When Parker Adams writes poetry, they often write about their 6-year-old niece. They think about the ways that prejudice and racism have affected their own life and reflect on the fears that they have for her.
Adams, a senior, has explored these fears regularly in their poetry Ñ especially after their niece was born.
About a month ago, Adams was inspired to write a poem addressing their niece’s comments on her own skin color and hair texture when she was younger.
“It was kind of like a series of affirmations addressing various insecurities. It was inspired by various things that I had heard my niece say,” Adams said. “I remember when she was really little she had friends with straight hair and would talk all the time about how she would want hair like them or how she would want hair like her Barbies.”
Adams is double majoring in Creative Writing and Psychology. They want to be a marriage and family therapist, but also hope to continue writing after college.
“One of the reasons that I chose Knox was because I couldn’t imagine going to a university and not being able to study Creative Writing,” they said.
They said that their interest in people and relationships often bleeds into their creative work. They often write love poems or poems exploring the various relationships that people form throughout life.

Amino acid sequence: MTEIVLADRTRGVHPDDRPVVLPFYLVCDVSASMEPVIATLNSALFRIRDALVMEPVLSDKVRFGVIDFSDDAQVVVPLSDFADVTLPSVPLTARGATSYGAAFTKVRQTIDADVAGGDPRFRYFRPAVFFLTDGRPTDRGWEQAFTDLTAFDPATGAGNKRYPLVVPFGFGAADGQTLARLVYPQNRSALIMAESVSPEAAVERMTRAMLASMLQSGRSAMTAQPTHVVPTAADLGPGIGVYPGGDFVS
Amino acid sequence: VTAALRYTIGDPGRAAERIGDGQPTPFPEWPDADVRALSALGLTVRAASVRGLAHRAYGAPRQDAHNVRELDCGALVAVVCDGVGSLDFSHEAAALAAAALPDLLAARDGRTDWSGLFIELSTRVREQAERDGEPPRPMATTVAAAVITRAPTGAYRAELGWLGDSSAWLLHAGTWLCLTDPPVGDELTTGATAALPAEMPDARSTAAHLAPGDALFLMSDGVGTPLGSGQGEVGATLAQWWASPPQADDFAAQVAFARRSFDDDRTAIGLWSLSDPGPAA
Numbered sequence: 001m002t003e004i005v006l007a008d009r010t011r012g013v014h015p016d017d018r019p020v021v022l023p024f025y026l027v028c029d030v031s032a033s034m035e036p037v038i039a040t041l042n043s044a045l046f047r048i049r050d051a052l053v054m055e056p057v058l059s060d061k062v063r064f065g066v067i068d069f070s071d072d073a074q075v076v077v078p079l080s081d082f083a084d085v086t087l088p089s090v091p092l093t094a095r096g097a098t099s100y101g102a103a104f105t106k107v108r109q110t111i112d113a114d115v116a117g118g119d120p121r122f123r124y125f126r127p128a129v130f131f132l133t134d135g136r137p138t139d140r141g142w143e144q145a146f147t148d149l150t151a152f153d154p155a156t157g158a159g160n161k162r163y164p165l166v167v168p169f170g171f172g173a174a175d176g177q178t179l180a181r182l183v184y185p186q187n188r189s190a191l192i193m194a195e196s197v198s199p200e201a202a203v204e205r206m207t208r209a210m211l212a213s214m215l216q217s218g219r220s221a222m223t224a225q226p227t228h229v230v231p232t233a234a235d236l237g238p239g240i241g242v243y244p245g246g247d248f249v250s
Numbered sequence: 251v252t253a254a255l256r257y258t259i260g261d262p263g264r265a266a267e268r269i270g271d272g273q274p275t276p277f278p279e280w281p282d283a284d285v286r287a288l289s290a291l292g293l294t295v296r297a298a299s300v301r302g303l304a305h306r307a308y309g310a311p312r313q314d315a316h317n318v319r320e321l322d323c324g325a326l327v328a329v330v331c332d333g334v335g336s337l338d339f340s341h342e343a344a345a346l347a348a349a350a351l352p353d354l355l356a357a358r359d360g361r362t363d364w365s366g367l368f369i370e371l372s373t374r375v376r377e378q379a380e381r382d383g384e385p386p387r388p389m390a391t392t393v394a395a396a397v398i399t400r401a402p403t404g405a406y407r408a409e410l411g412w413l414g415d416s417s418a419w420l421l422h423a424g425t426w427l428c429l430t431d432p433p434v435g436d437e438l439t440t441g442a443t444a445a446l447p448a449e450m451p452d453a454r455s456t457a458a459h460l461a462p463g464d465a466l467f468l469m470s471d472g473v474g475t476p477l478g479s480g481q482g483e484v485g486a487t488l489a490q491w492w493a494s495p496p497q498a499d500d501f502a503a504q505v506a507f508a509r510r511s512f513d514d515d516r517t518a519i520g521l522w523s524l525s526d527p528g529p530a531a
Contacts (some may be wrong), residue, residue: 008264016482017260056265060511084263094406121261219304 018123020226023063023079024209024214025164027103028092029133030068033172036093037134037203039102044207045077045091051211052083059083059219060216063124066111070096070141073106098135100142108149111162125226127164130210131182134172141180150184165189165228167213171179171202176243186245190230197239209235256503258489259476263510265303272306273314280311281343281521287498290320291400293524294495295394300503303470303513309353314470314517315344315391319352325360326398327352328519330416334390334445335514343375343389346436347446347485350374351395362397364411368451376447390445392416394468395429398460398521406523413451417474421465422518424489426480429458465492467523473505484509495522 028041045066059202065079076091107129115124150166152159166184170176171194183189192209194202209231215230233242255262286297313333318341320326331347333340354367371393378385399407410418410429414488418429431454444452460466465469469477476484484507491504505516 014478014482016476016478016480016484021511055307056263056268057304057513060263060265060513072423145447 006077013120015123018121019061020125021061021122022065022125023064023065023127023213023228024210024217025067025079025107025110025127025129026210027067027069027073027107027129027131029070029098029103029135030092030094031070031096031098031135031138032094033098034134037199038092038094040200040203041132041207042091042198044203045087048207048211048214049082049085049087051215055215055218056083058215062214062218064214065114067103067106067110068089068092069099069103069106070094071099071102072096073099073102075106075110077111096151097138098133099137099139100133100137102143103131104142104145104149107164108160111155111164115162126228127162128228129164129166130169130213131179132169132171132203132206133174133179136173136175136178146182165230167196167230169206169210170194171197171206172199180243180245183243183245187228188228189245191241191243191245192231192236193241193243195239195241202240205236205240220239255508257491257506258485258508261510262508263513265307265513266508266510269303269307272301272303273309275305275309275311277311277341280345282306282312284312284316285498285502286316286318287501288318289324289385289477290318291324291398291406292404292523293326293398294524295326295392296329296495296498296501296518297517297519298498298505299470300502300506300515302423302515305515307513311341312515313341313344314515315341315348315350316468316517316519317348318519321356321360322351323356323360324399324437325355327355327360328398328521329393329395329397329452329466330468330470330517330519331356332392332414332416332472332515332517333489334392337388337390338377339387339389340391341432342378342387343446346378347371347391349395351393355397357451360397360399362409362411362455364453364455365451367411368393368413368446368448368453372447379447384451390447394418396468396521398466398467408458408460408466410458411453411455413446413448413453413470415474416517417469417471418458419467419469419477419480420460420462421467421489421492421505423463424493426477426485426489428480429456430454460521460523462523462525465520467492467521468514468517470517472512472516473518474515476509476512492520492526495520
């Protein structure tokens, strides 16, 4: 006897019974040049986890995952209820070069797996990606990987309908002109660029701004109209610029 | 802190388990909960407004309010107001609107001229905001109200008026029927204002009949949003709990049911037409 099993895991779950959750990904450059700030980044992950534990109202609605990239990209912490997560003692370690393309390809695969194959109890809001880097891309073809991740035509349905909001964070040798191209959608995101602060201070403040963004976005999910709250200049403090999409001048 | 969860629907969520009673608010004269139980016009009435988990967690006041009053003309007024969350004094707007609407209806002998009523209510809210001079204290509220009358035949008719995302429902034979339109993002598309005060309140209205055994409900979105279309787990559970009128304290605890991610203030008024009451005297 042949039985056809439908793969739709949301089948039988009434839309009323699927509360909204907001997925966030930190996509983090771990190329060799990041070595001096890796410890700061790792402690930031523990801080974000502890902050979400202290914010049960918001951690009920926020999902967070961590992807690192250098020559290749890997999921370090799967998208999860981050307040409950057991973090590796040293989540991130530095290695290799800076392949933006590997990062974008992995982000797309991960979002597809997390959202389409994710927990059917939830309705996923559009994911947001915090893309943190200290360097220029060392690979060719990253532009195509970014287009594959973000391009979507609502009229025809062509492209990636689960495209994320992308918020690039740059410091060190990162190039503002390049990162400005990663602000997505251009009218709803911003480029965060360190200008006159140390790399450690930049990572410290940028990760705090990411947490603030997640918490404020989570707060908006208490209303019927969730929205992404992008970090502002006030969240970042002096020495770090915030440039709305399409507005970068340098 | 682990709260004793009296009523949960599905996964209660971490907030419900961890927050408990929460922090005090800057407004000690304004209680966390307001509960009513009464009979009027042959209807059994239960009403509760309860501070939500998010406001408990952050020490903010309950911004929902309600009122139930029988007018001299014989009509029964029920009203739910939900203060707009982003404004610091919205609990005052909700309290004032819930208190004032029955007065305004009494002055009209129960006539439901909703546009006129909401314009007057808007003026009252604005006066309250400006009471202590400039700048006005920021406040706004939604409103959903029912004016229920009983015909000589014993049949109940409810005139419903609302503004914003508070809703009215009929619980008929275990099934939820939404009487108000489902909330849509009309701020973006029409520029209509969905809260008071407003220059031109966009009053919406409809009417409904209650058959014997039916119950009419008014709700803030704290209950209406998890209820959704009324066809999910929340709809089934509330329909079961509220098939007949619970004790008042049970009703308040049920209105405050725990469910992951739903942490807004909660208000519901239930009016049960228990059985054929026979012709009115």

Adams has been writing since they were young. On a New Year’s Eve in early elementary school, they distributed personalized cards with poems and drawings to each of their cousins.
In seventh grade they took a literature class and became more interested in taking poetry more seriously.
Ultimately, Adams would like to get their poetry published and release a book of poems. While poetry is their main focus, they are currently taking a fiction class and have experimented with other genres as well. A few years ago they set a goal of writing a children’s book by the time they turn 25.
They drafted an outline awhile ago for a story about children who don’t get visited by Santa Claus. They wanted to write about children whose parents are financially unable to give Christmas gifts after having a conversation with people who never believed in Santa Claus because their parents were unable financially to give them extra gifts.
“So I kind of wanted to write about a Christmas that was fun or had meaning outside of gifts,” Adams said. “This is what it looks like Ñ we’re not missing something because we don’t have Santa Ñ it’s just like a different Christmas.”
Adams said that they usually spend at least a few hours a week working on their writing. Every Tuesday at 7 p.m. ABLE hosts poetry nights. Adams said they often spend this time working on their writing or helping others revise work.
During their freshman year, they performed on campus regularly. They hope to do that more again this year and have already done so a few times.
“I’m still doing a lot to figure out what it means for me to be a writer or an artist. I’m doing a lot of exploration,” Adams said. “Remembering that writing can be fun and it doesn’t always have to be this intimidating thing.”